gas, which has a much shorter loop than say, coal and oil. But we’ll
always have this mosaic that’s derived from sunlight at one
time or another.
the complete interview
Patient Capital Pay Off, by Art Kleiner
Annual Pegasus Conference
Leading Beyond the Horizon: Strategies for Bringing Tomorrow
into Today's Choices
Waltham, Massachusetts, November 1315,
before April 24 to secure your place and save $500 off
the standard conference rate!
Conference Forums Bring You Action from the Trenches and
In addition to inspiring keynote sessions with Eamonn
Saillant, and Peter
Senge, this year’s Pegasus Conference will offer forums
that highlight compelling examples of systems thinking in action
in the trenches and at the grassroots.
Search: Using the Wisdom of the Whole System to Create Shared Vision
and Committed Action — Applications in an Education Setting,
with Rick Lent, Ph.D., and Nancy Aronson, Ph.D.
to Create Tomorrow’s Leaders, with Sayra Pinto, director of
the Twin Cities Latino Coalition; Ed Cronin, Chief
of Police, Fitchburg, MA; Daniel Asquino, Ph.D., President, Mt.,
Wachusett Community College; and other coalition partners
the Will to Create the Future We Want: U-Theory in Practice at Nissan,
with Tracy Huston, Consultant, Global Executive Training, Nissan,
and Sherry Immediato, President and Managing Director, Society for
Organizational Learning (SoL)
a diverse array of concurrent and pre-conference sessions
will offer skill building opportunities in a number of focus areas
including systems thinking, systems archetypes, simulation, dialogue,
storytelling, and scenario planning, among others. We’ll examine
lessons and questions from the business, education, nonprofit and
healthcare sectors, including work ongoing at Shell, Verizon Dominica,
Intuit, FDA, the Appalachian Trail Conservancy, and many more.
be the one who later says, “I
wish I had been there!”
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Introducing Systems Thinking Into Your Organization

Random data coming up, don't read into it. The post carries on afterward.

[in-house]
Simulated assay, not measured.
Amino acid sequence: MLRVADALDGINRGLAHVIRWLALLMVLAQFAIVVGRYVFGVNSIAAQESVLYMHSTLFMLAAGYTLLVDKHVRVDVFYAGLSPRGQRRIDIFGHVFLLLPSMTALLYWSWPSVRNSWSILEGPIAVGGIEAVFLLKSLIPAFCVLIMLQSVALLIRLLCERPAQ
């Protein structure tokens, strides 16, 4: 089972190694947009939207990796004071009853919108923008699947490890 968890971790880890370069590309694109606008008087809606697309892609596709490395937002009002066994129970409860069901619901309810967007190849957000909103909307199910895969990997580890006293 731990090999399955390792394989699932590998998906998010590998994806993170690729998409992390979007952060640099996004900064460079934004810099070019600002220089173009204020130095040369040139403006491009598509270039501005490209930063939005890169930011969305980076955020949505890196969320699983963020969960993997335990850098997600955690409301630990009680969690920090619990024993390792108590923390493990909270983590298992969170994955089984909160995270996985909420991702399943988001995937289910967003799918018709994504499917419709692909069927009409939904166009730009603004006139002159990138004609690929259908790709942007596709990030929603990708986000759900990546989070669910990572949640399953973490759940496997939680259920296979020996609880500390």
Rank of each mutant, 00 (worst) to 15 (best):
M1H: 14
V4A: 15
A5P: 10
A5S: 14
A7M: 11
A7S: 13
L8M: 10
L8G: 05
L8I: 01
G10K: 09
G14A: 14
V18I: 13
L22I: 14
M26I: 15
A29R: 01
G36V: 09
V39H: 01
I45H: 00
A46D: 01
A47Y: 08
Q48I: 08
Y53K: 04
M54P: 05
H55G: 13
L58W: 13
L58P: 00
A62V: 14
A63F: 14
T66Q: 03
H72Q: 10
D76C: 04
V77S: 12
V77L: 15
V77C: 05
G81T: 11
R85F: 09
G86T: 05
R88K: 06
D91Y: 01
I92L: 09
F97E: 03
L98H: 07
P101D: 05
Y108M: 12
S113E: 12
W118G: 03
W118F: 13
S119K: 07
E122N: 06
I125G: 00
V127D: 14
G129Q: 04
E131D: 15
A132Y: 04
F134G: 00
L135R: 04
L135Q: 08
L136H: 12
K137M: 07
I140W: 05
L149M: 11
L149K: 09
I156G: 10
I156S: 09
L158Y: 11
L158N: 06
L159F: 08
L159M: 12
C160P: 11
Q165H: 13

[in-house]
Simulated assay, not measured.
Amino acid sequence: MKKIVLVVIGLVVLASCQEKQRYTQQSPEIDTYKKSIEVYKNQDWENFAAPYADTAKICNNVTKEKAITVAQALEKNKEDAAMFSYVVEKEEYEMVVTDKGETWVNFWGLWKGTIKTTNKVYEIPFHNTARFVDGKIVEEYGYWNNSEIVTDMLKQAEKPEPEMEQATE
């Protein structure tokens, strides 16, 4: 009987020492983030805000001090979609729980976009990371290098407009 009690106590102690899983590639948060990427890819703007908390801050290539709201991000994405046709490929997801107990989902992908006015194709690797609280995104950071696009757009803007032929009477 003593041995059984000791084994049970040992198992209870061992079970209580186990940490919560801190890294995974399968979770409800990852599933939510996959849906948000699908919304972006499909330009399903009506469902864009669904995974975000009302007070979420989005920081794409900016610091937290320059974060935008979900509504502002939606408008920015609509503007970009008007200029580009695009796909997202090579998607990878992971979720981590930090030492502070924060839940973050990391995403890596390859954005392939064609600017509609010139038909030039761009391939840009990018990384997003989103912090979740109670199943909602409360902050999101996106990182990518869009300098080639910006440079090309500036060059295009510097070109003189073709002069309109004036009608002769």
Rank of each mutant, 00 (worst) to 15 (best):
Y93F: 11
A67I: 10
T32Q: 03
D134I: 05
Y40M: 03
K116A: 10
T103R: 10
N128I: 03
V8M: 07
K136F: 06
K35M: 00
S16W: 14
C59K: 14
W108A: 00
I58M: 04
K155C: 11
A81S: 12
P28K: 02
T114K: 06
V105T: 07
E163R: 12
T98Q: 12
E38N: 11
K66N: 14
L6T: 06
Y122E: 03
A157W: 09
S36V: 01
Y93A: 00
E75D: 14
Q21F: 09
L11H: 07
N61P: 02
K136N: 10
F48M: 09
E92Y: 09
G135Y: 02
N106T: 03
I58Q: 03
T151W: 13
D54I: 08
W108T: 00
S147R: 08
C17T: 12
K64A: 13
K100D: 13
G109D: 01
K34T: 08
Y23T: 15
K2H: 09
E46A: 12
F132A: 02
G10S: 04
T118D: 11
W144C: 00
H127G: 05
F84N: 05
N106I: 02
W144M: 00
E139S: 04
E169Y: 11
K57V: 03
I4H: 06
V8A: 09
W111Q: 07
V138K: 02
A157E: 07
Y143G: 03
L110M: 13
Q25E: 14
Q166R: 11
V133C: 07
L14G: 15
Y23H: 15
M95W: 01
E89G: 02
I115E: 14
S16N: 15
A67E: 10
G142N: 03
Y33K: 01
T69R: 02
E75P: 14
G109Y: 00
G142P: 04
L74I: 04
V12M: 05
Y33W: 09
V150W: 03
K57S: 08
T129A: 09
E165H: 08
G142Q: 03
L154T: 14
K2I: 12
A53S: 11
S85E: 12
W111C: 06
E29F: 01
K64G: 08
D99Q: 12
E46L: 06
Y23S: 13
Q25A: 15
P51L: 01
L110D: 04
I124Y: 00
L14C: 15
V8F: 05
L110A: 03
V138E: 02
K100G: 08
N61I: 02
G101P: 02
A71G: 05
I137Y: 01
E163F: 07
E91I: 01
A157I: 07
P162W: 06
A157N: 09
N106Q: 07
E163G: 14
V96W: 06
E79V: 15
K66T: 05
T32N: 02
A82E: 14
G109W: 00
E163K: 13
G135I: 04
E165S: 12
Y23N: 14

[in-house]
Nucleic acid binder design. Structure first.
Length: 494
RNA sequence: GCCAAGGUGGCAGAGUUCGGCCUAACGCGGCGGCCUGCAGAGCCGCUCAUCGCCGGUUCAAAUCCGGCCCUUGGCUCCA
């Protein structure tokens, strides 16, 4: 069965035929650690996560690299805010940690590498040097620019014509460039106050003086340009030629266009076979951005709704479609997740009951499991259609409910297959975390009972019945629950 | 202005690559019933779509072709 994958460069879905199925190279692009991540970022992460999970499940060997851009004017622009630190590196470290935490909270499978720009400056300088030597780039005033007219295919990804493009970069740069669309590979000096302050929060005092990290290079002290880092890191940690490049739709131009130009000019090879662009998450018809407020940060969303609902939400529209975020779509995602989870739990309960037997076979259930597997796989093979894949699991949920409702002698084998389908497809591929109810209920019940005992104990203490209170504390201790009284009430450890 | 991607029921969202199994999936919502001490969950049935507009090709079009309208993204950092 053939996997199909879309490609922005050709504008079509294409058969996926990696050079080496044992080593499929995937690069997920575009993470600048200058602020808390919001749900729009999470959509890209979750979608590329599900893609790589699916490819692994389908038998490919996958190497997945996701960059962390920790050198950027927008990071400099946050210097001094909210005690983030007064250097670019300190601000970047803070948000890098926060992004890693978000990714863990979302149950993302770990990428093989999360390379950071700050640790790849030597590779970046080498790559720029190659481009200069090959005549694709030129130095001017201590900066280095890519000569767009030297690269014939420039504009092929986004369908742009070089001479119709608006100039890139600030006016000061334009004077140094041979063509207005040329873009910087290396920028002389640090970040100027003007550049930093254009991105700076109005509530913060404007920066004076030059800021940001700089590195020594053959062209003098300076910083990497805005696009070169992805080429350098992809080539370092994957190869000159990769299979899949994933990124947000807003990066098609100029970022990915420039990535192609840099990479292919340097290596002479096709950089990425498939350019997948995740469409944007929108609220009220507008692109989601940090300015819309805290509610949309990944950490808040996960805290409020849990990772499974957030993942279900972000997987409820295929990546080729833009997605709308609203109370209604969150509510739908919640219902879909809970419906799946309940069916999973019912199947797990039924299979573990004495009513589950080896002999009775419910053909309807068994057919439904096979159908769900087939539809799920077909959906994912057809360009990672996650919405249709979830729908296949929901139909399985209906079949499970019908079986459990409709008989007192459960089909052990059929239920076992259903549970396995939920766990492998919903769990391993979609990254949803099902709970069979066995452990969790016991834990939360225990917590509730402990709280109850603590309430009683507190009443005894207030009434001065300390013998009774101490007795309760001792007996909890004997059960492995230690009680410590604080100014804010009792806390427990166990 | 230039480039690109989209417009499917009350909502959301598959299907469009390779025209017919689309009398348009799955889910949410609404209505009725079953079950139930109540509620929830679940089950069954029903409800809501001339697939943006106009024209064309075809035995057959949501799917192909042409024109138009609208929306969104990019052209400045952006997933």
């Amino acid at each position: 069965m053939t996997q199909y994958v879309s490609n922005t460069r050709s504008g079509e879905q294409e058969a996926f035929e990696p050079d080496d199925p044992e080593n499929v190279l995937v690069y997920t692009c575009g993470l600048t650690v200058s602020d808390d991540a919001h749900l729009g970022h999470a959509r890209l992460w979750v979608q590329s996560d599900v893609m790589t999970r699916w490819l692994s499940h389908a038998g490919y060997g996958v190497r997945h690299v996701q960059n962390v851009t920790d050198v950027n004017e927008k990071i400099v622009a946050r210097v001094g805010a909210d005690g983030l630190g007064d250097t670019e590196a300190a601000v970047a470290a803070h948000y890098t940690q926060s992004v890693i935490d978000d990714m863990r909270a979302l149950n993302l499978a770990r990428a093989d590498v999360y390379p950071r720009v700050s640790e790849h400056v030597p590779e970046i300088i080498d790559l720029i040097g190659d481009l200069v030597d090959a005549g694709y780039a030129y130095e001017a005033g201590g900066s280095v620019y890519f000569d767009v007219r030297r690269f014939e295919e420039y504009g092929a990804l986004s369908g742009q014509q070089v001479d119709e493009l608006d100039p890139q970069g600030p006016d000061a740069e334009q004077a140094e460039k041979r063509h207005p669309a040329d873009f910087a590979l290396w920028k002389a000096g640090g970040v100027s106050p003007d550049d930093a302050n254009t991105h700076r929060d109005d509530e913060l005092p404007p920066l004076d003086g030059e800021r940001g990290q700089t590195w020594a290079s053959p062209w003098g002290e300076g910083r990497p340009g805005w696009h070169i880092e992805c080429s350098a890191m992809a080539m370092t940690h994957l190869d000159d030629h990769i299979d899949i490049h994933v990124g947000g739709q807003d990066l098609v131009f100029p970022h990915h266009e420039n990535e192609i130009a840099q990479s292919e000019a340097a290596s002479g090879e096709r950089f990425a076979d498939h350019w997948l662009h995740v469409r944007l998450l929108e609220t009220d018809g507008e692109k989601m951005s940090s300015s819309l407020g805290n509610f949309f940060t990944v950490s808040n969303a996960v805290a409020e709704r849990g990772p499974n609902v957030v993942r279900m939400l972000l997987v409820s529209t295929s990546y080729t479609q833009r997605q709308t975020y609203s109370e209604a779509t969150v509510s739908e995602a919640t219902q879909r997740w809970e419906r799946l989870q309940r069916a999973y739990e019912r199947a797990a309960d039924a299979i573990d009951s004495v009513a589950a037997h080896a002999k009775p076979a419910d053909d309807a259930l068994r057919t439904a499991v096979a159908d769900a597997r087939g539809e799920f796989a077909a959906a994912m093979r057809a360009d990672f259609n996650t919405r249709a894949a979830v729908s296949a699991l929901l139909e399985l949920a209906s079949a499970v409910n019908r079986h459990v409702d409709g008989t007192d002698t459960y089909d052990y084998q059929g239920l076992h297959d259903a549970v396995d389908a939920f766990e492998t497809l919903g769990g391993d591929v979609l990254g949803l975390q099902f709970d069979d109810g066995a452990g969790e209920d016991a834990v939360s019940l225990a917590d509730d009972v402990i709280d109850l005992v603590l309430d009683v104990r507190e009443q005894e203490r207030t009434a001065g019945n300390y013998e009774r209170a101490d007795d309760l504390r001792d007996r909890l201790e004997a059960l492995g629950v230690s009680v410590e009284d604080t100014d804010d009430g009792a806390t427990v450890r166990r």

by Bill Harris
read The Fifth Discipline, attended the Pegasus “Systems Thinking
in Action” Conference, bought simulation software, and created
your first computer models. You’re excited—systemic
thinking could solve so many of the problems you’ve experienced
and offers so much potential to help your organization. But where
do you start? How can you get your colleagues—and especially
your boss—as excited as you are? How do you help your organization
succeed over the long run?
and take a deep breath. Then consider some lessons I’ve learned,
as I’ve tried to advance the use of systems thinking in many
different organizations over the past 15 or more years:
Except in rare circumstances, don’t tell your managers that
they must adopt systems thinking.
Don’t do your work in a vacuum.
Respect the data.
Develop a knack for seeing patterns and recognizing likely underlying
Remember that systems thinking is ultimately about helping people.
Plan on course corrections; systems thinking doesn’t end when
you’ve got a model.
you’ve just sold your organization on the importance of a
systems view and on the importance of understanding feedback. Now
it’s your turn to deal with feedback—feedback from the
real world. Listen, observe, and reflect, and be willing to incorporate
what you learn into the implementation.
Now, take another
deep breath, stand up, and go make your organization and the world
better! Don’t sell systems thinking; be a systems thinker!
the complete article or see The Systems Thinker, V14N7 (September
to The Systems Thinker